I would say in my heart, "Heavenly Father, please love this beloved people more than I love them. Heavenly Father, please love this world more than I love it. You need not pity me. Even if I am to die, I will not die an insignificant person." Though it was this [apparently] insignificant man who was in charge of leading all the people in the world, I asked God to not see their faults as faults but instead to spur me on and allow me to pay indemnity for and complement all of them, if that were possible. Thus have I fought my way through.
That was what pleased God, and that served as the condition to bring fire to His empty heart, and so I was given the guarantee, "You, Moon, you son of a gun, will never perish wherever you go, even if you are somewhere where you cannot avoid perishing."
Other people are no match for me. In the past, even when I was being interrogated in a police station, when the people filing the complaint began to talk with me, I would eventually swallow them up. I would point out to them, "You are writing the statement, so why aren't you writing this and that? This is where you should write such and such." But what I told them to write would completely contradict what was already in the statement. They would write it down, and then tear up the whole thing. I would be playing with them, saying, "It is only superior people who come here; would inferior people be brought here?"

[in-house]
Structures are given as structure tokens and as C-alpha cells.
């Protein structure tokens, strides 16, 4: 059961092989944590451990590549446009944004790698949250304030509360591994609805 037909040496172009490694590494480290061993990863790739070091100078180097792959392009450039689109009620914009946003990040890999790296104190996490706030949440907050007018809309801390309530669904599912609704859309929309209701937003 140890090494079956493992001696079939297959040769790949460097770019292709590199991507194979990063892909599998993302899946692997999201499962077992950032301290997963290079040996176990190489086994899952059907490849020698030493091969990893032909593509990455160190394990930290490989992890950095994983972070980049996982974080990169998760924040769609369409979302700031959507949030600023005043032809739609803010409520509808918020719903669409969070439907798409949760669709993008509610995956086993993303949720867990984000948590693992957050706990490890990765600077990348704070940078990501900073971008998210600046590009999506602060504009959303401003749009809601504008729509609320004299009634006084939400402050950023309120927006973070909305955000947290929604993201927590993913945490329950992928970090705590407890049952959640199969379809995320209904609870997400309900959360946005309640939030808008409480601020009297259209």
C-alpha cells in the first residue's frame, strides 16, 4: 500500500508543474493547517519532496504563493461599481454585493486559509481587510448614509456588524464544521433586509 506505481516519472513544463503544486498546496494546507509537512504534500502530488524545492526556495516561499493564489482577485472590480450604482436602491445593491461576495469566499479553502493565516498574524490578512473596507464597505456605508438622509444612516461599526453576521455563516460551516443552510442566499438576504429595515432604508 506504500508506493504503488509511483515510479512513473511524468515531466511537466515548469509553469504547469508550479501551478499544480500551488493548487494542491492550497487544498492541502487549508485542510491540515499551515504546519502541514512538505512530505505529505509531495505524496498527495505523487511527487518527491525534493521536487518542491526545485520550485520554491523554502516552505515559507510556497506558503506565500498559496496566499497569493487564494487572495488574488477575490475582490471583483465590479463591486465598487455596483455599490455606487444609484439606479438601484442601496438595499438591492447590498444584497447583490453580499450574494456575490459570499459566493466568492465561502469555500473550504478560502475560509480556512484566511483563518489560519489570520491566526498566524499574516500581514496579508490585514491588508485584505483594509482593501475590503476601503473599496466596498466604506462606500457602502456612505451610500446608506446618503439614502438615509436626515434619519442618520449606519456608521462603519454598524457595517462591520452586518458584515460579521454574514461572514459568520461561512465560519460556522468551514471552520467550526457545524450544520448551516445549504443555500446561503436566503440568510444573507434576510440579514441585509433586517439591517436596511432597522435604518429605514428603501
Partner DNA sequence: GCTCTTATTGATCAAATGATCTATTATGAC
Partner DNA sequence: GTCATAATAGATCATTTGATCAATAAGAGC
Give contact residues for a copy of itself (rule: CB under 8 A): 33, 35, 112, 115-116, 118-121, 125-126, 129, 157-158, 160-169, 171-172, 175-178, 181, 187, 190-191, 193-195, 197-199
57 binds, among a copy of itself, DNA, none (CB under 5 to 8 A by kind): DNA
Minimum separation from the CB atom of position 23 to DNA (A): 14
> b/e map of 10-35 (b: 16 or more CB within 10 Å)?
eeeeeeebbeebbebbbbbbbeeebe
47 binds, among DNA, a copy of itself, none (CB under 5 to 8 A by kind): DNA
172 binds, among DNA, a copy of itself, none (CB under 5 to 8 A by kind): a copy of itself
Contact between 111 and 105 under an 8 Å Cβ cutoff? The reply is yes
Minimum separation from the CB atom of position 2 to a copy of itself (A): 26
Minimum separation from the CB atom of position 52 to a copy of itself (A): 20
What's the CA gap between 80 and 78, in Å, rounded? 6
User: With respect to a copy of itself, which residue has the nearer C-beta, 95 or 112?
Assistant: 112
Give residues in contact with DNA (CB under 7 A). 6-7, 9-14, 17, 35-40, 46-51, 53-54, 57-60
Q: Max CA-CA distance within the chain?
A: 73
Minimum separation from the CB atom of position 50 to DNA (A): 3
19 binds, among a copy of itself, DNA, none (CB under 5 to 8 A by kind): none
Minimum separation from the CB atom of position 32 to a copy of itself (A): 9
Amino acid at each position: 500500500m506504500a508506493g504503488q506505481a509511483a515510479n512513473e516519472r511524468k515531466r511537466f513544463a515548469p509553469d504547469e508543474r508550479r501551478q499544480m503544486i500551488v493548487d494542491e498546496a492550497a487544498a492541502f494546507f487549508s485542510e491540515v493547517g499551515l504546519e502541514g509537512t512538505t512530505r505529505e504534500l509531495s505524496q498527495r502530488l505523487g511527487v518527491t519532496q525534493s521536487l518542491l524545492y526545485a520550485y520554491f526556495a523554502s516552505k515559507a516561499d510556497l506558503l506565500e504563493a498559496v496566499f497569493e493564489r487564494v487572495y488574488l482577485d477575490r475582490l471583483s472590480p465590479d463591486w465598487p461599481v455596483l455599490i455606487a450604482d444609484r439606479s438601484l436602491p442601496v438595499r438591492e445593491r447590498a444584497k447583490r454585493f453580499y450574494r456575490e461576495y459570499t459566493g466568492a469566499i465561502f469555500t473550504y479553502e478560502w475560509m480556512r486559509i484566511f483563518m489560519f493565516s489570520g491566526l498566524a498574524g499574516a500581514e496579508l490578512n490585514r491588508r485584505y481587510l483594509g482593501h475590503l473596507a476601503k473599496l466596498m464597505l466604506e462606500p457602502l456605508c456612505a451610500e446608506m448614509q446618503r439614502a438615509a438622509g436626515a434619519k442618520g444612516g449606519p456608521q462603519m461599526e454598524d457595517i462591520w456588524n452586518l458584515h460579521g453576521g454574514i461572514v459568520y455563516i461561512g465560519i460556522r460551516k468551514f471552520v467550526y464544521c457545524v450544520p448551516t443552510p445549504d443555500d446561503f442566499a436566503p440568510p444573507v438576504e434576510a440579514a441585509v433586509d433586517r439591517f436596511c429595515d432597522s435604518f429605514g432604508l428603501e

I still remember the names of people like the Director of State Public Safety, but I don't mention them. There may come a time when I call them all here to meet with me. Back then, they sat with crossed legs, arrogantly admonishing me. Do you think they would do so if they were to come here today?
I was manacled when I was taken to Seodaemun Prison, but I was not ashamed. In front of heaven and earth I felt no shame.
I had dignity. Even though I was going to be constrained behind bars, I was not even a little sad. I felt ashamed in front of neither God nor man.
I had done nothing wrong. I was pouring my whole life into teaching young people who would otherwise have ended up as criminals or prostitutes. I was teaching them to become innocent people, devoted children, patriots and the young people the nation needs.
Though I was without sin, I was put in chains and sent to prison. I am not ashamed about that. Everyone, including my friends scorned me and pointed their fingers at me, saying, "Look at that, look at that!" However, my response was, "Let's wait; wait ten years and see." During my journey, along this miserable path, I said to those who shot arrows of accusation at me, "You'll see; I will be victorious."
You should be aware that those lessons I learned from these difficult experiences remain within me today.
Bad things go to ruin and good things thrive. No matter how dirty a place I had to enter, there was no way I could be brought to ruin when could the truth of the situation attested to the pure deeds I was carrying out under Heaven.
When I was manacled and on my way to the prison, I was belittled and scolded by people on the street, even the women. But I told them, "You may walk with a dignified air, and I may look like a miserable person, but you cannot see clearly because you have no standard of comparison. When the standard is revealed, everything will be made clear."